Exact Sciences has bolstered its play for the colorectal cancer residual disease and recurrence market by striking a deal to buy Ashion Analytics from The Translational Genomics Research Institute (TGen).
News of the deal comes weeks after Exact Sciences licensed Tardis minimal residual disease (MRD) from TGen. Exact said the Ashion team will play a leading role in its effort to crack the MRD opportunity adjacent to its Cologuard colorectal cancer screening franchise.
- News of the takeover came the same day that Guardant Health disclosed availability of its liquid biopsy test for the detection of residual and recurrent colorectal cancer.
One year ago, Guardant outlined plans to bet big to muscle in on the colorectal cancer testing space. The plans moved Guardant onto turf dominated by Exact Sciences, which made noninvasive testing for colorectal cancer possible through its stool DNA test Cologuard.
On Tuesday, both companies provided updates on their plans. In conjunction with its fourth quarter results, Exact Sciences disclosed an agreement to buy Ashion, a CLIA-certified and CAP-accredited sequencing lab based in Phoenix, Arizona. Exact framed the takeover as a way to boost the development of the Tardis technology it licensed from TGen last month.
"The talented team at Ashion will be instrumental in advancing Tardis for minimum residual disease testing," Exact Sciences CEO Kevin Conroy told investors on a fourth-quarter results conference call. "We just licensed the Tardis technology. We just announced that we will be acquiring Ashion. So give us a little bit of time here before we roll out exactly what the product strategy is."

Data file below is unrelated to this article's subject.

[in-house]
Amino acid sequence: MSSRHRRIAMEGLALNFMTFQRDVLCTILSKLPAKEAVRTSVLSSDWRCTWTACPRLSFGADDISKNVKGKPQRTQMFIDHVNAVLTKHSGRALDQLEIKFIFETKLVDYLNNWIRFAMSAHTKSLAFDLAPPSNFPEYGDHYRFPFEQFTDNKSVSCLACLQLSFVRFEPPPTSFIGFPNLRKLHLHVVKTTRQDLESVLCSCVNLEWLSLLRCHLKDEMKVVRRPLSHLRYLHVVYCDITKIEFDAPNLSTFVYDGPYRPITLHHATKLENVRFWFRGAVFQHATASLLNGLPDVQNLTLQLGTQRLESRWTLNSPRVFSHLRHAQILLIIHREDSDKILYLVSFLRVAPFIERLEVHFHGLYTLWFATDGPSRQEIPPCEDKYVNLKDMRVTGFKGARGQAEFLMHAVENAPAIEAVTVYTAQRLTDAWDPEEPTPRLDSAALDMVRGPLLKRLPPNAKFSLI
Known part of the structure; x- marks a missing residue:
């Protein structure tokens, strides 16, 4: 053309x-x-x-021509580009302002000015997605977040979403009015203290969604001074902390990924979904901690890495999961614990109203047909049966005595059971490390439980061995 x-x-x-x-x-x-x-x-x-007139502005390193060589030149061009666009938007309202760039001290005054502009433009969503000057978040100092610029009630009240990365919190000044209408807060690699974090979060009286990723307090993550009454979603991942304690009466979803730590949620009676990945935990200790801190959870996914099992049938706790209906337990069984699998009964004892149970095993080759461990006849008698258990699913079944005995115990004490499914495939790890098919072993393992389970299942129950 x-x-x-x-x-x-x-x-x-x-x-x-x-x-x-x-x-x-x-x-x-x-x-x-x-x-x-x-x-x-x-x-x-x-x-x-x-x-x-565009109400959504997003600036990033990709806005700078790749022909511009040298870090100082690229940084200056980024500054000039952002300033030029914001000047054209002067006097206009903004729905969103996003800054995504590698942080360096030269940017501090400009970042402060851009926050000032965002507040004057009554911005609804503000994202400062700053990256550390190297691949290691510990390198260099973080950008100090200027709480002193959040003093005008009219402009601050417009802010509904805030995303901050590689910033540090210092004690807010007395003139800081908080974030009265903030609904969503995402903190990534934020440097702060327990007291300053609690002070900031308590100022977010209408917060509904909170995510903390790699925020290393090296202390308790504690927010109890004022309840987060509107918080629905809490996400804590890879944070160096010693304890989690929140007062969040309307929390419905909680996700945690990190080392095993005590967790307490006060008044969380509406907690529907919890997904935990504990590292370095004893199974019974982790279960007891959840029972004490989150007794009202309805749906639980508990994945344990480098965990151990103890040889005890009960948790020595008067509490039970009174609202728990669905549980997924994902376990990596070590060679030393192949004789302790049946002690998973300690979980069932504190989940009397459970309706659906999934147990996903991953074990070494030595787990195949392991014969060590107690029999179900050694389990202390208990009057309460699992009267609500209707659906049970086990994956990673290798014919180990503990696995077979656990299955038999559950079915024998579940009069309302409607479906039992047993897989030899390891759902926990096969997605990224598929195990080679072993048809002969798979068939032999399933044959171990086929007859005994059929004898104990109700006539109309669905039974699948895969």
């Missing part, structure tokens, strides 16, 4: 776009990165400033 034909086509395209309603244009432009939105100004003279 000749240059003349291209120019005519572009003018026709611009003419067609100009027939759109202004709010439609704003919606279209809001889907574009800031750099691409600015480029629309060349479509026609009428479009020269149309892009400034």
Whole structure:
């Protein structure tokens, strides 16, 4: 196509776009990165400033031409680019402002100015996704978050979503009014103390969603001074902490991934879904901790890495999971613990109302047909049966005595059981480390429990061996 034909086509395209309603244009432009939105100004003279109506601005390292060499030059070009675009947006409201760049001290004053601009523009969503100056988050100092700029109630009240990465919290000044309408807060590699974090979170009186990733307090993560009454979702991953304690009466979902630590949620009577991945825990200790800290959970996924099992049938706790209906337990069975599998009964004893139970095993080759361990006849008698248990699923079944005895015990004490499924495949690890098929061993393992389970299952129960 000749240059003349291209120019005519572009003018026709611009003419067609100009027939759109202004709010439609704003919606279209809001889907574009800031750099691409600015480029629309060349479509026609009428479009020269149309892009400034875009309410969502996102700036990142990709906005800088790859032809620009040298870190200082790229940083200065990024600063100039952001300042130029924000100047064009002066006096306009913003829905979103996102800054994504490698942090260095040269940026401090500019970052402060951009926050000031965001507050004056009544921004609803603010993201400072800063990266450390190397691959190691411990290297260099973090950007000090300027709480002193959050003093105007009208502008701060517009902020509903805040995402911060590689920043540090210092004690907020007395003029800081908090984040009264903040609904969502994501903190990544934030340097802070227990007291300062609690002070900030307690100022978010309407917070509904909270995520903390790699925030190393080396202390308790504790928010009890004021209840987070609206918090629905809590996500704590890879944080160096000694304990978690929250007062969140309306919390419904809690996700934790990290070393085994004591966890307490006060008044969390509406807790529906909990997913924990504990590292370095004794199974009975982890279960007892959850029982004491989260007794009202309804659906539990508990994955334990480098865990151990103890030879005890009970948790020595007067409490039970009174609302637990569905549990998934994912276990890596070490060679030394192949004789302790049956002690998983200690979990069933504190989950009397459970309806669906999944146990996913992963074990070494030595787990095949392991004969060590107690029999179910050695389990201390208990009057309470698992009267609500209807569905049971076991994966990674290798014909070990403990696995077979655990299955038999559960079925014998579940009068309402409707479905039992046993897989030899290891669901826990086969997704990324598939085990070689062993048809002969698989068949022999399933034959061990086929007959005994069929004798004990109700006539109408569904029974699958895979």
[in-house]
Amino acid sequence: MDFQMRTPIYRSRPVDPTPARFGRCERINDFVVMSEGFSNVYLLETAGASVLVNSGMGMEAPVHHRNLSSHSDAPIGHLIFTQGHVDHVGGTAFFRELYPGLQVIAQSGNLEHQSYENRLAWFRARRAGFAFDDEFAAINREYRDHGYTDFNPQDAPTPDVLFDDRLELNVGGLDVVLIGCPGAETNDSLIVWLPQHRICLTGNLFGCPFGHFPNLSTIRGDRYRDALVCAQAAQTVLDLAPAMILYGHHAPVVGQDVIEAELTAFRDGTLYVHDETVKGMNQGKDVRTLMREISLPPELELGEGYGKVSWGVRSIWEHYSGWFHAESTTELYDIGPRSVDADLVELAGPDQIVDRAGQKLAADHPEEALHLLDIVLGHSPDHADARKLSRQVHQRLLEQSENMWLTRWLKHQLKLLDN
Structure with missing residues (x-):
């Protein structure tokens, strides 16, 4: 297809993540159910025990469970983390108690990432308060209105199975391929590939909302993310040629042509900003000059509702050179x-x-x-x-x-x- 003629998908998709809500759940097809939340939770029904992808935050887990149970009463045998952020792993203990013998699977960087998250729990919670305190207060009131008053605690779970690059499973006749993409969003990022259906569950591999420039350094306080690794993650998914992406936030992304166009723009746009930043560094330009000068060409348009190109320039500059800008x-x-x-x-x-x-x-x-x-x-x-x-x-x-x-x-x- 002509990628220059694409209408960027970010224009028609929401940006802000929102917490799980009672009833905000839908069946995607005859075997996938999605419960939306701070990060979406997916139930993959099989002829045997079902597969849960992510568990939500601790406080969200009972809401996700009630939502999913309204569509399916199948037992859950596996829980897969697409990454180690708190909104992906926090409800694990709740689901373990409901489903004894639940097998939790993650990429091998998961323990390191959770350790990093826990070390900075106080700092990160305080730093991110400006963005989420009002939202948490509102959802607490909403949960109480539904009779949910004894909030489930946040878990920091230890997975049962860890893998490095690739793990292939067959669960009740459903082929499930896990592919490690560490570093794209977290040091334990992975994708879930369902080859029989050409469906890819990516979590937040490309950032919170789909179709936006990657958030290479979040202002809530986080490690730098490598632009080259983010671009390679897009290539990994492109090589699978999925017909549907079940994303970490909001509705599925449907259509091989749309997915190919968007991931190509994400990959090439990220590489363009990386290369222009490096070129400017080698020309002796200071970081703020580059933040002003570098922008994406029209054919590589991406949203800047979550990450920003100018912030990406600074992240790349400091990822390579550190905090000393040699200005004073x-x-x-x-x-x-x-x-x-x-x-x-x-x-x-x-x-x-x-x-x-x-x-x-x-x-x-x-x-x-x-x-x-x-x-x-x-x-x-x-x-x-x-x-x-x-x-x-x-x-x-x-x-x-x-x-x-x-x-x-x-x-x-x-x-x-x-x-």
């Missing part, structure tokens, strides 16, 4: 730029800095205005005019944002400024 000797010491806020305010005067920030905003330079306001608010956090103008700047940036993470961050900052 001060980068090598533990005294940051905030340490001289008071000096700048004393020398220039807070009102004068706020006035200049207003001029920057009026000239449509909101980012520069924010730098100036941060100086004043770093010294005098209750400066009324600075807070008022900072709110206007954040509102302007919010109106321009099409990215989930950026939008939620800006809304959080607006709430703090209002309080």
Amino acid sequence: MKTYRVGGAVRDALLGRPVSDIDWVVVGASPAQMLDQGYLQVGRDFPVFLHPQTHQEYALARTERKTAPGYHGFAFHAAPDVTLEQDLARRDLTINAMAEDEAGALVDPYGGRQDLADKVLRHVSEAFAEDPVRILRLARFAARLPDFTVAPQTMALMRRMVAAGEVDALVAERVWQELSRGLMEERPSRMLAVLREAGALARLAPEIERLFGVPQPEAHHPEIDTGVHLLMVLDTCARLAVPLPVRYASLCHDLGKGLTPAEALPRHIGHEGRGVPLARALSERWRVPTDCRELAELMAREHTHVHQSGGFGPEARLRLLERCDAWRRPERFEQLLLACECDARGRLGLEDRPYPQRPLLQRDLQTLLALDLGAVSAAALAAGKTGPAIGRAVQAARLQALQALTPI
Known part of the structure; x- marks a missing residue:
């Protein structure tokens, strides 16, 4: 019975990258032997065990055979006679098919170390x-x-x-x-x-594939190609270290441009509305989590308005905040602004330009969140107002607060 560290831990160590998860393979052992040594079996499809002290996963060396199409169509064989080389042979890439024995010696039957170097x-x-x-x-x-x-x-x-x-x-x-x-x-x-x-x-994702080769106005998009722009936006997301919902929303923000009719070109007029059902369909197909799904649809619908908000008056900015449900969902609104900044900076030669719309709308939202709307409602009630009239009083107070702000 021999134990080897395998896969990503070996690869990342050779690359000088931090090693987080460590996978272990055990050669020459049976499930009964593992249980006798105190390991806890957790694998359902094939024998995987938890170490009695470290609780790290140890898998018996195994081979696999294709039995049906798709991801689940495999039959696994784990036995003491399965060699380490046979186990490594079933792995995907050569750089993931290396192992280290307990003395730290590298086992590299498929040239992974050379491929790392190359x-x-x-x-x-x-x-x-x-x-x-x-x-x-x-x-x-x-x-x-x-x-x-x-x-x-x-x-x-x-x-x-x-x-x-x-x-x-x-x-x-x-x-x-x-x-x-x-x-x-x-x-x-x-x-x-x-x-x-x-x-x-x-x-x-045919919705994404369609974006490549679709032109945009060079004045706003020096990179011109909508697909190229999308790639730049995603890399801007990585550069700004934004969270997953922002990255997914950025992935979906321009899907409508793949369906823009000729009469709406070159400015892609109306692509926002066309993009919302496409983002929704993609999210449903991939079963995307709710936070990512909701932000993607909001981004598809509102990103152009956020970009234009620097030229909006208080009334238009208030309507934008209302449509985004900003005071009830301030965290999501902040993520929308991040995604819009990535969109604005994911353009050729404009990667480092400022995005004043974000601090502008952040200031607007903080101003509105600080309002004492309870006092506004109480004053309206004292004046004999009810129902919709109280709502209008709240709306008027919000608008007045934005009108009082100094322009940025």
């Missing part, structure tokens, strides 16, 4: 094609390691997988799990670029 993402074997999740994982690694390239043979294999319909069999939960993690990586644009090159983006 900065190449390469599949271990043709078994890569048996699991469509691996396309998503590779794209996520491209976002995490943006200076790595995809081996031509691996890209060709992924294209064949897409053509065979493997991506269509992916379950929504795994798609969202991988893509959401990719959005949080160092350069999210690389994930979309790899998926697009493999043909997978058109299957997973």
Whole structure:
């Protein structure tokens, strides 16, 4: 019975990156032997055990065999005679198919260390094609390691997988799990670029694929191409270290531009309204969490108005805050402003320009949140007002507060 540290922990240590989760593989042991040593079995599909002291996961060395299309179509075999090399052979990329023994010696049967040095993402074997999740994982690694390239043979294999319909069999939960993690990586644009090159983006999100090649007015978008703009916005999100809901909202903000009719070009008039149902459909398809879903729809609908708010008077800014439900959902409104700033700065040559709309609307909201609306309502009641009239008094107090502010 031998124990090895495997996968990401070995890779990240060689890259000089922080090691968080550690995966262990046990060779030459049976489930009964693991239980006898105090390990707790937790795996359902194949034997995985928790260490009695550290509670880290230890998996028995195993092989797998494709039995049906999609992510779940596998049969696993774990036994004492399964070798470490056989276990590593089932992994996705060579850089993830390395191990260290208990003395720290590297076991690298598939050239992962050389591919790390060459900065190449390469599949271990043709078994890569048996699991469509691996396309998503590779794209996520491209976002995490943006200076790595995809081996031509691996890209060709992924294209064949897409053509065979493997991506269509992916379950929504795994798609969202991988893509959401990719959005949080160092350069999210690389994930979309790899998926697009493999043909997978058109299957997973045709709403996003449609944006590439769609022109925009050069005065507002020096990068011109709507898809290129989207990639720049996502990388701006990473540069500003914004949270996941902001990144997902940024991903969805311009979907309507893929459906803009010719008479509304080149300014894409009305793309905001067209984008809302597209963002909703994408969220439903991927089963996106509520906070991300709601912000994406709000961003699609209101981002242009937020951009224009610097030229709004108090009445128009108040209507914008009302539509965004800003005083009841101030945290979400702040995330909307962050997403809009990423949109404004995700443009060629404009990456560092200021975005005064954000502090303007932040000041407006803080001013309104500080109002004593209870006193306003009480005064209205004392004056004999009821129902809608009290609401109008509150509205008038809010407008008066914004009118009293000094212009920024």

Having struck back-to-back deals for Ashion and Tardis, Conroy argued Exact has the makings of "tremendously sensitive and specific technology."
However, while it is still getting its MRD strategy ready for a public unveiling, Guardant is already selling its blood-based test for residual disease and recurrence.
Guardant began providing its Lunar assay to researchers and biopharma companies in 2019. This week, the company disclosed the commercial availability of a product based on the assay, Guardant Reveal. Guardant is marketing the test as a way to find circulating tumor DNA in blood after surgery to identify patients with residual disease and to spot disease recurrence faster than existing tests such as carcinoembryonic antigen diagnostics and imaging.
The product moves Guardant into a new part of the cancer care pathway. With Guardant Reveal detecting residual and recurrent disease and Guardant360 guiding therapy selection, the company only lacks a colorectal cancer screening product. Guardant is working to fill that gap by completing a registration study due to finish enrolling subjects this year.
If successful, the screening trial will put Guardant in direct competition with Exact. For now, Exact is benefiting from the limited screening options available for colorectal cancer. Sales of Exact Sciences' Cologuard screening kit grew 9% in the fourth quarter as 8,000 new healthcare providers ordered the test to enable patients to get tested without undergoing colonoscopies.
Exact Sciences calculates its share of the colorectal cancer screening market rose amid the pandemic as healthcare providers sought out ways to test patients without meeting them in person.
However, the pandemic still created headwinds. The surge in COVID-19 cases late last year will dampen first quarter sales, Exact warned. Cologuard revenues are realized when the test is completed, so a fall in orders in the fourth quarter will only show up in the sales figures the following quarter.